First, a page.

Proteins differentially expressed in paclitaxel-resistant and -sensitive lung adenocarcinoma are likely to be logical candidates for treatment response biomarkers and therapeutic targets (Seve and Dumontet 2005). Proteomics is a potent strategy to provide insights into global protein changes of paclitaxel resistance, which considered to be multifactorial. Two-dimensional difference gel electrophoresis (2D-DIGE) is an important tool in proteomics, allowing the resolution of thousands of protein spots, resulting in a global view of the proteome (Timms and Cramer 2008). DIGE involves labeling samples with spectrally resolvable fluorescent CyDyes prior to electrophoresis. All samples are mixed before isoelectric focusing and resolved on the same 2-DE gel. This methodology dramatically reduces variation in spot intensities due to gel-specific experimental factors, as the effects will be the same for each sample within a single DIGE gel (Lilley 2003).
In the present study, to gain further insight into the mechanism underlying paclitaxel resistance, we established a paclitaxel-resistant human lung adenocarcinoma cell line. DIGE technologies were applied to compare the proteome of A549 (paclitaxel sensitive) and A549-Taxol (paclitaxel resistant) cell lines. By using matrix-assisted laser desorption/ionization time-of-flight tandem mass spectrometry (MALDI-TOF–MS/MS), we identified 30 differentially expressed proteins. The expression of key molecules was verified by Western blot. These proteins may provide a novel clue to elucidate the drug-resistant mechanism of paclitaxel.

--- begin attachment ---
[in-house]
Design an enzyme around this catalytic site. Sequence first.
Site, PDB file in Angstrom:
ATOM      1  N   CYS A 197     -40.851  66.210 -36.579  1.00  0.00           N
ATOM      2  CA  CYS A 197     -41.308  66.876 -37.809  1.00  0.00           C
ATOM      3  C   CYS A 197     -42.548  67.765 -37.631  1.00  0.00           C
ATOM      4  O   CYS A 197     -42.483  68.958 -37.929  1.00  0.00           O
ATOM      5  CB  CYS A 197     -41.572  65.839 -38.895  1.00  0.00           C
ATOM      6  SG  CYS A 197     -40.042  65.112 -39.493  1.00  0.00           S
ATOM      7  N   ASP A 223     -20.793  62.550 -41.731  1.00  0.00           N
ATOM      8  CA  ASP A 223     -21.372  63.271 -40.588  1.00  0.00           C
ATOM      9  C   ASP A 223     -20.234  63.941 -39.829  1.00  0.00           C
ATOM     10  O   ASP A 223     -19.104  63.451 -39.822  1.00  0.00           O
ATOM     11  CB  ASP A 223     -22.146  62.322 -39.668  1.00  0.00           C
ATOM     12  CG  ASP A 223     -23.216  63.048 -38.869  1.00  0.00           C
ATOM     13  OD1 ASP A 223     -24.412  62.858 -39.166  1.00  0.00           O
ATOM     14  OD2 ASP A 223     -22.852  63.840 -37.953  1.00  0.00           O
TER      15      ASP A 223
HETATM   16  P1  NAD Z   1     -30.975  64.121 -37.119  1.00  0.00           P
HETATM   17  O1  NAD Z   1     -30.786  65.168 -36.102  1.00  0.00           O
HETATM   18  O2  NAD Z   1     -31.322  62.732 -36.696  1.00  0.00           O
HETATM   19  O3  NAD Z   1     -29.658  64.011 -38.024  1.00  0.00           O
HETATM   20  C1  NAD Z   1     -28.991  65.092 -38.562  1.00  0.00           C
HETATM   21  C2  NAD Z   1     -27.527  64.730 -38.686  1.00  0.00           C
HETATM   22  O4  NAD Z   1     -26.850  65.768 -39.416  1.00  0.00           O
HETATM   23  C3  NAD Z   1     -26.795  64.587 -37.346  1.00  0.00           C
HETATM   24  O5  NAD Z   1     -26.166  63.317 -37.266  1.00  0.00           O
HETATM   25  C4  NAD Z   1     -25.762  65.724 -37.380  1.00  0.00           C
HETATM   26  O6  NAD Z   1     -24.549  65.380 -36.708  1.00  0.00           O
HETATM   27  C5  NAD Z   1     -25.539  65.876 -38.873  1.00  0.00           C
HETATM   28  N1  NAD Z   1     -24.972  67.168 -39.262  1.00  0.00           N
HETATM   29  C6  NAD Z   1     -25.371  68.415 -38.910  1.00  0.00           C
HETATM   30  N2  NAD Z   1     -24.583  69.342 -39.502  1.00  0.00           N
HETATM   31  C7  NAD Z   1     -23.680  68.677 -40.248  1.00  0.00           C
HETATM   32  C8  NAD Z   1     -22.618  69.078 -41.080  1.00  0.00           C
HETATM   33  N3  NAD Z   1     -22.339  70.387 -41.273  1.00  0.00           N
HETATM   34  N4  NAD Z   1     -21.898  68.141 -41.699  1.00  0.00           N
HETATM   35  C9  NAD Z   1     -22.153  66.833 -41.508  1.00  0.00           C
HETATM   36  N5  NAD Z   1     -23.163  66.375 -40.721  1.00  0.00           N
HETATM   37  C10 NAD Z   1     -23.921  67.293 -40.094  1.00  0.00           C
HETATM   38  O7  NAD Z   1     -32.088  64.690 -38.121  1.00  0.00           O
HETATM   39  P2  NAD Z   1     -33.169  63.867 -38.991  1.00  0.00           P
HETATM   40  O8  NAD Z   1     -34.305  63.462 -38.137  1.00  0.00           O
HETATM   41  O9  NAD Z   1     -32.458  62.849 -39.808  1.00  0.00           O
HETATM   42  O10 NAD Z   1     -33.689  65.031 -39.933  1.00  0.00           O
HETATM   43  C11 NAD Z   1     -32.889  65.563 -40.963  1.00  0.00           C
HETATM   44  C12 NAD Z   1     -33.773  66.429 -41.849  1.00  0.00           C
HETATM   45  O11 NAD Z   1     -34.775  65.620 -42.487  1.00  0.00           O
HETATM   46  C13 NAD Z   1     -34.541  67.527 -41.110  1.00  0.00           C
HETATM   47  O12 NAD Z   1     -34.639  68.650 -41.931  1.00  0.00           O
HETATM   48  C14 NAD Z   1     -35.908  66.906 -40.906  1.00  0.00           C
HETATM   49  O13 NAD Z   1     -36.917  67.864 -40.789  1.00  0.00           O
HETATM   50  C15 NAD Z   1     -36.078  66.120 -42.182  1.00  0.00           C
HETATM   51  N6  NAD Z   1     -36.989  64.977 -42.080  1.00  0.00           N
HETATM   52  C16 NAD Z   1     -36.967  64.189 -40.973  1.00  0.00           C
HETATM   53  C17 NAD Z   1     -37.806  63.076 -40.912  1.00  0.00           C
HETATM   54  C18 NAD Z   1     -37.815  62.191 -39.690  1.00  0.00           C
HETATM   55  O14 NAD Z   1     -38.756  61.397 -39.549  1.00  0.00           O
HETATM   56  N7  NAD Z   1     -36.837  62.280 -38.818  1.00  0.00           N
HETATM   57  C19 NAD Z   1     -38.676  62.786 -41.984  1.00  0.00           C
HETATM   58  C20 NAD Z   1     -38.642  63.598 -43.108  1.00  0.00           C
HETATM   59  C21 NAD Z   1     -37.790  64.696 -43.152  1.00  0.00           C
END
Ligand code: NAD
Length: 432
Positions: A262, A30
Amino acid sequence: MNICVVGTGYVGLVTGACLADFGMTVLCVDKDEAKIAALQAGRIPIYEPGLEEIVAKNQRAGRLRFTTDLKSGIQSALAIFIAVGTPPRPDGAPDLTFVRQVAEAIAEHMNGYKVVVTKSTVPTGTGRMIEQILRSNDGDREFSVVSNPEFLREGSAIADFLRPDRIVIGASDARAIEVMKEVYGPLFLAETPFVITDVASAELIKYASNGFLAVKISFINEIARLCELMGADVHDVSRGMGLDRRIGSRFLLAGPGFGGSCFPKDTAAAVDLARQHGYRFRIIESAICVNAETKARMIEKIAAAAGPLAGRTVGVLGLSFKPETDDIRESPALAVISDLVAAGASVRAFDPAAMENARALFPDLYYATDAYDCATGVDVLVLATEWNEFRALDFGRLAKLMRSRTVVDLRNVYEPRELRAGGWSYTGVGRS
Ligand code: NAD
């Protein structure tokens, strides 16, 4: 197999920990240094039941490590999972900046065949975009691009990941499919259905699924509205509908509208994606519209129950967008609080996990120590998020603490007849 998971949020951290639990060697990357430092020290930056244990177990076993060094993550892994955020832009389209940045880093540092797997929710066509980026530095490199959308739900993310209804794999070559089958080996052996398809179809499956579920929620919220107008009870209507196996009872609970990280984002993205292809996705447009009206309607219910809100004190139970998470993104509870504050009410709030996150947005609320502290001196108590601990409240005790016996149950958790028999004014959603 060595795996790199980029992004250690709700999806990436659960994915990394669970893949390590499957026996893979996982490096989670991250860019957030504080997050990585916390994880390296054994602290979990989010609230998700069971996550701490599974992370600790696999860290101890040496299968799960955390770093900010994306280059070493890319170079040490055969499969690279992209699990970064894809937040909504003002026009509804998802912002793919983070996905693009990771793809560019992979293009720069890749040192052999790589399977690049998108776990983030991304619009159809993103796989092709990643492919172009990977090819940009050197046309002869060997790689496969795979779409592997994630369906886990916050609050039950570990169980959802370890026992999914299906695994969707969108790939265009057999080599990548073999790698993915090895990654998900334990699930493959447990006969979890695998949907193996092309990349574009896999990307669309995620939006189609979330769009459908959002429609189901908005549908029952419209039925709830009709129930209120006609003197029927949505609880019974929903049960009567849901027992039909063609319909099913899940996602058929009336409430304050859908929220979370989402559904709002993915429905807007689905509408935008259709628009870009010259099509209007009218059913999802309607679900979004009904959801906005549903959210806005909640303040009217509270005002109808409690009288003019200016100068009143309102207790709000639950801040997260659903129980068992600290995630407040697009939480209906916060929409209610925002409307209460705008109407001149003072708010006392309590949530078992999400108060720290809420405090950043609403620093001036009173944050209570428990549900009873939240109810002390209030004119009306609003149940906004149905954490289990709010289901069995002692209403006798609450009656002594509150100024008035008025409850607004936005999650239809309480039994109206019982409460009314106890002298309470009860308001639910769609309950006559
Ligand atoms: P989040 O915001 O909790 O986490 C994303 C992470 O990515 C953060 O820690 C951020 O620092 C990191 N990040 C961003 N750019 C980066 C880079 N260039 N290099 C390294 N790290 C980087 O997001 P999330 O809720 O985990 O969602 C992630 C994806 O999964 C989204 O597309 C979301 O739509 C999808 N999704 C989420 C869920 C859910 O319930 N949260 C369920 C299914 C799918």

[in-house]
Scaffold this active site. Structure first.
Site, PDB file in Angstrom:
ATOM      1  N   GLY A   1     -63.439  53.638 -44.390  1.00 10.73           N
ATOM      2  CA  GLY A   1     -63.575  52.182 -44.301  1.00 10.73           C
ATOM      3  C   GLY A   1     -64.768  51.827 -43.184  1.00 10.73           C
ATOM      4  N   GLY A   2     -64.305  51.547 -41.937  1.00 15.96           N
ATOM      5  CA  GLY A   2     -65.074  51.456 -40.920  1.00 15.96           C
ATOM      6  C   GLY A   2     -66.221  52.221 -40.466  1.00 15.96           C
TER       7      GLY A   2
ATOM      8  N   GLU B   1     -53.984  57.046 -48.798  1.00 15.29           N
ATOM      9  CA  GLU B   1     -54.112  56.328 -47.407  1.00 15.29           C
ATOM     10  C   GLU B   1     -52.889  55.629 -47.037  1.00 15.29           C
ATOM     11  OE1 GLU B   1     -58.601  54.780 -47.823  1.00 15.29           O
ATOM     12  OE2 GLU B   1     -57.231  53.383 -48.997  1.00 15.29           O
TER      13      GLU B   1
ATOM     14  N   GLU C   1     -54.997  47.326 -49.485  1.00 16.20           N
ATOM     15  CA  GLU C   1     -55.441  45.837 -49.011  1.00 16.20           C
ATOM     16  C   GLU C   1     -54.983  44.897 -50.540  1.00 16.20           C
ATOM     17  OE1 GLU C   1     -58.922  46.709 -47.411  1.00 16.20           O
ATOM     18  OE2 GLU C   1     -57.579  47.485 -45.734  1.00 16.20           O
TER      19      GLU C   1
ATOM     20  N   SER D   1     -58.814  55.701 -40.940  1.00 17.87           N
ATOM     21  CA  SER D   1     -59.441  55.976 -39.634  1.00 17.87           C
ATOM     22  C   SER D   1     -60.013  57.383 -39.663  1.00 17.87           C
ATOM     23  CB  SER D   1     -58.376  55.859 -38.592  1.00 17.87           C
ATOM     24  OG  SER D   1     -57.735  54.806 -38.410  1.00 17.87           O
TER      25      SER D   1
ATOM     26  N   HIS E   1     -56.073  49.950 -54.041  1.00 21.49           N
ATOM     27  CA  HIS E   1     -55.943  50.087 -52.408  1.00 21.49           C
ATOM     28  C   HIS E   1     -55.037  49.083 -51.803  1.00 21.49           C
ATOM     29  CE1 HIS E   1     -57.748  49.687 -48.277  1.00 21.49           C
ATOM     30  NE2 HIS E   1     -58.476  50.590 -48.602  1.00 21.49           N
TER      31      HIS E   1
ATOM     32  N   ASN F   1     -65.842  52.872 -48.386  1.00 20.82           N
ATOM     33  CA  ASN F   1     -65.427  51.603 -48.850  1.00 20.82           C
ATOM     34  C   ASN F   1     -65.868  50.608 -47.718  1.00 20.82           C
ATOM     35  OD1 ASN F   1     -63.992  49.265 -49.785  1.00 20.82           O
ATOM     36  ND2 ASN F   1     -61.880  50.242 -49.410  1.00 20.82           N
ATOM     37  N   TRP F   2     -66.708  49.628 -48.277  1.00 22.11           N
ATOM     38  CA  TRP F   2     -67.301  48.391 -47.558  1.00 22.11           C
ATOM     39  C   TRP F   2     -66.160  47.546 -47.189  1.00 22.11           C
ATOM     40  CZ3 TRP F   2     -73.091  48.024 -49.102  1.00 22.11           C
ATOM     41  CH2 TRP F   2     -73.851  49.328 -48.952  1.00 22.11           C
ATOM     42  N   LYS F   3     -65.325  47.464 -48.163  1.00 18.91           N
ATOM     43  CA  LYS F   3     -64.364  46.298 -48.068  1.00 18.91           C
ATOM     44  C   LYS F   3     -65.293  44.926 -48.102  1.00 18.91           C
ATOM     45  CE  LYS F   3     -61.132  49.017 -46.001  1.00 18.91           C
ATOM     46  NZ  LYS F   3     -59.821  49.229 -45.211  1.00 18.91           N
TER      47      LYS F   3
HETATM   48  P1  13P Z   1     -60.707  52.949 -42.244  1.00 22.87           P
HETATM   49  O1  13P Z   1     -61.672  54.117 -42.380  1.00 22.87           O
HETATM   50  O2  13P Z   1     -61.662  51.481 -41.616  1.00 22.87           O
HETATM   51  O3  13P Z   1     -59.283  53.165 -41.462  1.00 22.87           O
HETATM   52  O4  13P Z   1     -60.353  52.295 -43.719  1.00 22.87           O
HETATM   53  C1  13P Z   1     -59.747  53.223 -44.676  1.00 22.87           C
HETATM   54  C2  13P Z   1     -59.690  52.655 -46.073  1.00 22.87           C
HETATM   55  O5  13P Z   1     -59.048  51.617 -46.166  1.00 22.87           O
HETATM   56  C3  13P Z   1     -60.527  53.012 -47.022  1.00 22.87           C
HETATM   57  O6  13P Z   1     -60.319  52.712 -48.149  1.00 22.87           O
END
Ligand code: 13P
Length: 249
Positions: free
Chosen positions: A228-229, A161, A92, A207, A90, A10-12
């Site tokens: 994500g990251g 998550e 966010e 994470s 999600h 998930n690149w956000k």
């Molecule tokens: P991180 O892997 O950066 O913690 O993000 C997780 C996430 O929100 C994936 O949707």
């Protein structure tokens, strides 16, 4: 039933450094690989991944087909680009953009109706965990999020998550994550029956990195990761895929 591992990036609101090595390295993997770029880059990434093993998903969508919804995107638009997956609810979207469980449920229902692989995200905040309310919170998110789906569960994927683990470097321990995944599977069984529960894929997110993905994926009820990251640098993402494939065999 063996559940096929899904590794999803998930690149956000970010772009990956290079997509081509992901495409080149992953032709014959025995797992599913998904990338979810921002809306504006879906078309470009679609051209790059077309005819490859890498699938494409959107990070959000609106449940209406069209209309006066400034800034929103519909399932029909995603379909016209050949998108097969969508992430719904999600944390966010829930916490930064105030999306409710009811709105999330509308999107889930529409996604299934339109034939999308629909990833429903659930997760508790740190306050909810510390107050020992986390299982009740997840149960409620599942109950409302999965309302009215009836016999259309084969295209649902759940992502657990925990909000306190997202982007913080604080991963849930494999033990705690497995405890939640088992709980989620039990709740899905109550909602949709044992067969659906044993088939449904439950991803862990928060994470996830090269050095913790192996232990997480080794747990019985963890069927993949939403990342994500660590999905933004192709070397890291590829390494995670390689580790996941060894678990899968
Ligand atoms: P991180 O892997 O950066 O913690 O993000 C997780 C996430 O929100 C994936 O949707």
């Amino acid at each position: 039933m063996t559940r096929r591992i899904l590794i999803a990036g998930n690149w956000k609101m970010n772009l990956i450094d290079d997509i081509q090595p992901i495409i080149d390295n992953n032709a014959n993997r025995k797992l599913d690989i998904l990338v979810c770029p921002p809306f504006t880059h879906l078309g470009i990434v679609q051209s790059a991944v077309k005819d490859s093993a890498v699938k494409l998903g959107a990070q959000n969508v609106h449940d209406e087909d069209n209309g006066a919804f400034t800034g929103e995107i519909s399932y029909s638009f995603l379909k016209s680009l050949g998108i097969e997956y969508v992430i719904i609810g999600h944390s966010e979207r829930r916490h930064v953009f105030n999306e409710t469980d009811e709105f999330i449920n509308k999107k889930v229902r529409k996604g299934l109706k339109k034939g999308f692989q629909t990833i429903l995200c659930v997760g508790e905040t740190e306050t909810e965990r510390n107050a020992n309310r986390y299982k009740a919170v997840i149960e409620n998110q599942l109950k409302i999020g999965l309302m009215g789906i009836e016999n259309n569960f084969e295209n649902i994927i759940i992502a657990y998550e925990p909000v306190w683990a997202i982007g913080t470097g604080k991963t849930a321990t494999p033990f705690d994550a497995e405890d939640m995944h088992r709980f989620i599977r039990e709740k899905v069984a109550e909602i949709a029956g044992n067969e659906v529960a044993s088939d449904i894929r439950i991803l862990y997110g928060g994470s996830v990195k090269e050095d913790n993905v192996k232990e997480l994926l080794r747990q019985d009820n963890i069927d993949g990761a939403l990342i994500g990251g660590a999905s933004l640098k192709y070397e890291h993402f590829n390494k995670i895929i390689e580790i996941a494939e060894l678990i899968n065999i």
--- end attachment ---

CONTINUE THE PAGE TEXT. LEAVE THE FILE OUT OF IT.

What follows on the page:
Materials and methods
Reagents for 2D-DIGE experiments were bought from GE health care (Uppsala, Sweden). General chemicals were purchased from Sigma–Aldrich (Poole, UK). Bradford assay kit was obtained from Bio-Rad (Hercules, CA, USA). Paclitaxel (PTX) was obtained from Bristol-Myers Squibb (Princeton, USA). Cisplatin (CDDP) was obtained from Merck (Overijse, Belgium). Vinorelbine (NVB) was obtained from Pierre fabre (Lavaur, France). Vincristine (VCR) was obtained from Main Luck Pharmaceuticals (Shenzhen, China). Mitomycin C(MMC) was obtained from New Asiatic Pharmaceuticals (Shanghai, China). Gemcitabine (GEM) was obtained from Eli Lilly company (Indianapolis, USA).
Cell culture and establishment of paclitaxel-resistant A549-Taxol
The paclitaxel-resistant A549-Taxol cell line was established as previously reported. Briefly, the cell lines were selected to be paclitaxel resistant by continuous culture in medium containing stepwise increases in paclitaxel concentration over a period of 8 months. A549-Taxol cells were obtained by biweekly medium changes with chronic exposure to 5 ng/ml paclitaxel, where doses of paclitaxel were escalated stepwise to 1000 ng/ml. During this procedure, a few surviving cells proliferated and recolonized the cultures, yielding a paclitaxel-resistant strain.
Evaluation of A549-Taxol resistance level